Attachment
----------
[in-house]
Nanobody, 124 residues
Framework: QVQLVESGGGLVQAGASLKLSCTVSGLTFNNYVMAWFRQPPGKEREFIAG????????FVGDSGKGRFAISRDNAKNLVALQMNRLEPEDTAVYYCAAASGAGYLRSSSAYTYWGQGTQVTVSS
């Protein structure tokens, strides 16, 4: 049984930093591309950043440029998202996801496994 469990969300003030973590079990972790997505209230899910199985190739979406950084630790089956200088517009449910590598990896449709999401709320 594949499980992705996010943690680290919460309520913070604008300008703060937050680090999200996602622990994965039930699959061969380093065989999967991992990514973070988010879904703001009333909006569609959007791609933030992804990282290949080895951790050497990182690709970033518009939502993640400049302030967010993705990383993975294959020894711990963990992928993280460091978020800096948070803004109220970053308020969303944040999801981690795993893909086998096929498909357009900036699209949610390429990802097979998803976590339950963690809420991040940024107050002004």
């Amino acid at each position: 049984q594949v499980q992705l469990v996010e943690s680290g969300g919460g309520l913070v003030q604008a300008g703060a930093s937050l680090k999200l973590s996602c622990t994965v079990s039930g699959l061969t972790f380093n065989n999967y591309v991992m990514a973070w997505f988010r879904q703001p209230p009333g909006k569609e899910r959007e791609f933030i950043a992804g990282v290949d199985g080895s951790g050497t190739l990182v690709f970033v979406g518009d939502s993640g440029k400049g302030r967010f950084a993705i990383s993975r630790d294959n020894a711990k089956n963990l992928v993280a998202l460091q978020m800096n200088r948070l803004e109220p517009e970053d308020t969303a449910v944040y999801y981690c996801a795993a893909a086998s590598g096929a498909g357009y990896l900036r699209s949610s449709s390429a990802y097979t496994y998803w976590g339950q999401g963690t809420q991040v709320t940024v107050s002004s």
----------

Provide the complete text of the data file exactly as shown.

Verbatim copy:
[in-house]
Nanobody, 124 residues
Framework: QVQLVESGGGLVQAGASLKLSCTVSGLTFNNYVMAWFRQPPGKEREFIAG????????FVGDSGKGRFAISRDNAKNLVALQMNRLEPEDTAVYYCAAASGAGYLRSSSAYTYWGQGTQVTVSS
């Protein structure tokens, strides 16, 4: 049984930093591309950043440029998202996801496994 469990969300003030973590079990972790997505209230899910199985190739979406950084630790089956200088517009449910590598990896449709999401709320 594949499980992705996010943690680290919460309520913070604008300008703060937050680090999200996602622990994965039930699959061969380093065989999967991992990514973070988010879904703001009333909006569609959007791609933030992804990282290949080895951790050497990182690709970033518009939502993640400049302030967010993705990383993975294959020894711990963990992928993280460091978020800096948070803004109220970053308020969303944040999801981690795993893909086998096929498909357009900036699209949610390429990802097979998803976590339950963690809420991040940024107050002004």
């Amino acid at each position: 049984q594949v499980q992705l469990v996010e943690s680290g969300g919460g309520l913070v003030q604008a300008g703060a930093s937050l680090k999200l973590s996602c622990t994965v079990s039930g699959l061969t972790f380093n065989n999967y591309v991992m990514a973070w997505f988010r879904q703001p209230p009333g909006k569609e899910r959007e791609f933030i950043a992804g990282v290949d199985g080895s951790g050497t190739l990182v690709f970033v979406g518009d939502s993640g440029k400049g302030r967010f950084a993705i990383s993975r630790d294959n020894a711990k089956n963990l992928v993280a998202l460091q978020m800096n200088r948070l803004e109220p517009e970053d308020t969303a449910v944040y999801y981690c996801a795993a893909a086998s590598g096929a498909g357009y990896l900036r699209s949610s449709s390429a990802y097979t496994y998803w976590g339950q999401g963690t809420q991040v709320t940024v107050s002004s």